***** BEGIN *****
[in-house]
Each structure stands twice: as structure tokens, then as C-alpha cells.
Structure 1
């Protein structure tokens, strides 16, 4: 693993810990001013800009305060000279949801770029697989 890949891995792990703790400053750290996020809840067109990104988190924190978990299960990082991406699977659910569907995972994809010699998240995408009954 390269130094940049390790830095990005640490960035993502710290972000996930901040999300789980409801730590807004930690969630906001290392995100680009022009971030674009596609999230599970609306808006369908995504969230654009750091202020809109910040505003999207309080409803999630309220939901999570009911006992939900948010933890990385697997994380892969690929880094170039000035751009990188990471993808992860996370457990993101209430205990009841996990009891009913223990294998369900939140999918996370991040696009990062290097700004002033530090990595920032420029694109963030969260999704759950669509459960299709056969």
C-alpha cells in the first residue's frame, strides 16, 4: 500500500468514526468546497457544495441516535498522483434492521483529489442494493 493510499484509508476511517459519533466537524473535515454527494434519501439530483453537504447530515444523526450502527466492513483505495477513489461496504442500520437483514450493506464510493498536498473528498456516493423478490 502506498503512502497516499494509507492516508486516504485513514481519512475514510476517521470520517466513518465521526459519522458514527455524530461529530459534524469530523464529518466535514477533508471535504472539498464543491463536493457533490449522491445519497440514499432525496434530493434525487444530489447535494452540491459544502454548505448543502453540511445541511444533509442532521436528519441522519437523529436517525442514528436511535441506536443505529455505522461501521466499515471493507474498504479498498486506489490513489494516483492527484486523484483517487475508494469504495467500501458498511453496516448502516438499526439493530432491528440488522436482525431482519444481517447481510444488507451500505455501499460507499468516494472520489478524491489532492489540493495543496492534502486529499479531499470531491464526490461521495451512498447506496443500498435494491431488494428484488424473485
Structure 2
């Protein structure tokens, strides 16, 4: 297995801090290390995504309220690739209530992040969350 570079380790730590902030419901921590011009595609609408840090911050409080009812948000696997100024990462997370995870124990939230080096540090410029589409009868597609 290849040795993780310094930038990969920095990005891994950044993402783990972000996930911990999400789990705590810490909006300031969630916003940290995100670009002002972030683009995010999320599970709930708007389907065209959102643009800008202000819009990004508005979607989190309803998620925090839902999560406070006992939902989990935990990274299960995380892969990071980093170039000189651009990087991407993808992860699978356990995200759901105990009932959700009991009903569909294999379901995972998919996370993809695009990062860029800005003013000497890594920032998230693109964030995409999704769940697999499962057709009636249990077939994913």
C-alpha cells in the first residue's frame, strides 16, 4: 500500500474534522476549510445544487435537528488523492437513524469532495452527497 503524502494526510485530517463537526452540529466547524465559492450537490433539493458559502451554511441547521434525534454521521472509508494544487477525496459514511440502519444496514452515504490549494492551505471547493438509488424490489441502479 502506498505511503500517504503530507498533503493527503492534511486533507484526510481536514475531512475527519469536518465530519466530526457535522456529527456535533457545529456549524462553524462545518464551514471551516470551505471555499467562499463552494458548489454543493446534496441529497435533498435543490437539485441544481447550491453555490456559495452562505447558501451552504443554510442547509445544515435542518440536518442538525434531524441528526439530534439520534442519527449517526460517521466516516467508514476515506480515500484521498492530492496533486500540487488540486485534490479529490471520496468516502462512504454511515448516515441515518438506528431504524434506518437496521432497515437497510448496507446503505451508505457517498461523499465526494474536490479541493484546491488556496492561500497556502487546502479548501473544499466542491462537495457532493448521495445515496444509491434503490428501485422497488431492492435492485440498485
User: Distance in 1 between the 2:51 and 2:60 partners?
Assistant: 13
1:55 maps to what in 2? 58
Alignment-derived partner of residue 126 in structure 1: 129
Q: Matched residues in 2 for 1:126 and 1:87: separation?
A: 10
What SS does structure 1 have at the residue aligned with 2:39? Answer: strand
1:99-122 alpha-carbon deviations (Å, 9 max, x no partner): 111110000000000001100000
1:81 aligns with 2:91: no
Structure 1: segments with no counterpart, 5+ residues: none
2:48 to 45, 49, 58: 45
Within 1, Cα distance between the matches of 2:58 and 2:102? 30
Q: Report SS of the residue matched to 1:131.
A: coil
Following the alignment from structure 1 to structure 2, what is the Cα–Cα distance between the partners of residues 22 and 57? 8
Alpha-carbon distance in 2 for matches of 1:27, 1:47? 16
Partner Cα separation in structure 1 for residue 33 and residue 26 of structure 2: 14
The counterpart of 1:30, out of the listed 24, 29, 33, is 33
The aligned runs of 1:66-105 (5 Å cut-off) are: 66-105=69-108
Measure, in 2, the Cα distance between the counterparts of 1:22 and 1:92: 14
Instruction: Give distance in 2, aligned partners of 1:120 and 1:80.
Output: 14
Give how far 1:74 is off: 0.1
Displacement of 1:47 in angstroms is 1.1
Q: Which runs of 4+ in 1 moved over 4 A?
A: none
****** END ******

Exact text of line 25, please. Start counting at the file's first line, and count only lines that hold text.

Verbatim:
Partner Cα separation in structure 1 for residue 33 and residue 26 of structure 2: 14